Lost souls grasp for the unattainable in one of the year’s most sublime and powerful films
You don’t experience many movies like this coming out of Hollywood lately, so when you do, it’s best to take notice and relish the journey. Much like Crash exposed the decay of social mores with its colliding parallel storylines, Disconnect brilliantly captures the lack of real connection taking place in a world that, ironically, appears to be more “connected” through technology.
Great performances fuel riverside coming-of-age tale 'Mud'
This is what rehab looks like. No, not from drugs and alcohol; this kind of rehab happens when an actor known for a certain level or genre of work has the moxie to reinvent himself onscreen through some smart role choices. The actor here is Matthew McConaughey, and in Jeff Nicholls’ edgy, hypnotic Mud, he breaks out of B-grade action movies and rom-com purgatory in a big way.
Robert Redford weaves together a captivating tale in ‘The Company You Keep’
There are a number of captivating scenes in The Company You Keep that draw attention to how much has changed in America since the 1970s. Actually, these scenes expose, somewhat hauntingly and quite vividly, how different one generation is from the other, and the film, directed with emotional depth by Robert Redford, points out what may be missing on today’s cultural landscape—honest journalism (what? Bloggers won’t do?) and a bastion of individuals who care about their country so strongly that they’d put their lives on the line while fighting for justice.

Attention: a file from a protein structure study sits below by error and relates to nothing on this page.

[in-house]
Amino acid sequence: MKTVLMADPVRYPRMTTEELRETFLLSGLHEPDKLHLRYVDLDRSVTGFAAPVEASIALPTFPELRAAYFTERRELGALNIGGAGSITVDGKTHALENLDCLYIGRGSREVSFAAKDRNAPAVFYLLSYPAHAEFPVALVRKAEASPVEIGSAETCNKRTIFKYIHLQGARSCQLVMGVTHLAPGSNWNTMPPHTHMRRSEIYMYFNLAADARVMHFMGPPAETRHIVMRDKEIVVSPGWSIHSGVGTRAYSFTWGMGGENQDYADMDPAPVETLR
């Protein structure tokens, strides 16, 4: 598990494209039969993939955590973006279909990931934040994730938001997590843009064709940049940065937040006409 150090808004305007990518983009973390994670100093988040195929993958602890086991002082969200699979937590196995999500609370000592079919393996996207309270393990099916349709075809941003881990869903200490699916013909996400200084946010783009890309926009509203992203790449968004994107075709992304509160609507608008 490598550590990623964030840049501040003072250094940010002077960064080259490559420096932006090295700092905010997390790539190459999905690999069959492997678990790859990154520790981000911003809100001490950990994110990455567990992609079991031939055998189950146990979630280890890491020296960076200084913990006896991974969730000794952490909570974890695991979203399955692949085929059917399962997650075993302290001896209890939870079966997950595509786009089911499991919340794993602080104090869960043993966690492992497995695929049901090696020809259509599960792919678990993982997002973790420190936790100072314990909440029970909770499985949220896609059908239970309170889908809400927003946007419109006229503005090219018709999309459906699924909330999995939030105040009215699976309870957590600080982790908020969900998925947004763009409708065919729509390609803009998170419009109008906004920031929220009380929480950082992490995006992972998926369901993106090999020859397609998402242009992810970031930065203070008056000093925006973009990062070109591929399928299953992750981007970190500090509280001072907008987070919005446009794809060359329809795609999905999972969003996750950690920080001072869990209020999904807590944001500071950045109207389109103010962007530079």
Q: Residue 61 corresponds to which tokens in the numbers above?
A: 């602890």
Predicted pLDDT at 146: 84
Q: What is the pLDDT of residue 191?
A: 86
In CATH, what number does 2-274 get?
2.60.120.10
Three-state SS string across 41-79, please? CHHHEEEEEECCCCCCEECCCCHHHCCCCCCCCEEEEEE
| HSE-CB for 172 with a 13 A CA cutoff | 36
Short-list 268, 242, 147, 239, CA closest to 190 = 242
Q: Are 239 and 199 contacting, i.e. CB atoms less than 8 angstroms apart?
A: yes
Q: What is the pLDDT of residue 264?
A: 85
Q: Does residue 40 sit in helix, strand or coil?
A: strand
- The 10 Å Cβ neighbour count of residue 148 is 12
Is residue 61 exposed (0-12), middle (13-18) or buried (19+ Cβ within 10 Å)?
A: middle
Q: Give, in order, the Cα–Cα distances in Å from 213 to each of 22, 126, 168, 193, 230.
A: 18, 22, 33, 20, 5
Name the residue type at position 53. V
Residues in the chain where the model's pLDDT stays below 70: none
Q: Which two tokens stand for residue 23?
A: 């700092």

Hollywood's love affair with the post-apocalyptic future of Earth continues in Oblivion. Co-written and directed by Joseph Kosinski, adapted from his own graphic novel, the story gives us a devastated landscape that used to be New York City, a human worker bee who survived the holocaust with a thirst for history, and has begun to question his mission, and a lot of really cool high-tech CGI machines that pivot around in mid-air and shoot from all directions. (No surprise that Kosinski's last film was the video-centric TRON: Legacy.)
Malick's latest 'To the Wonder' a halfhearted sketch of rehashed dynamics
You could never accuse filmmaker and master craftsman Terrence Malick of oversaturating the marketplace. There's never been any less than a five-year interval between the six films he's made in the last 40 years (and usually much longer)—until now. Hot on the sprockets of The Tree of Life, from 2011, comes Malick's latest, To The Wonder. And now we know once and for all why he should never, ever be rushed.
Gals from Down Under turn heads playing unlikely crooners, but ‘The Sapphires’ wins points for its sizzle and originality
Four Aboriginal women morph into The Supremes Down Under in The Sapphires, but it’s not the festive music or passionate singing that makes this film the precious little gem it is. It’s the acting and the writing. And that’s downright refreshing considering the majority of mind-numbing productions that come out of Hollywood these days.
The good news is that The Sapphires isn’t “Hollywood” at all.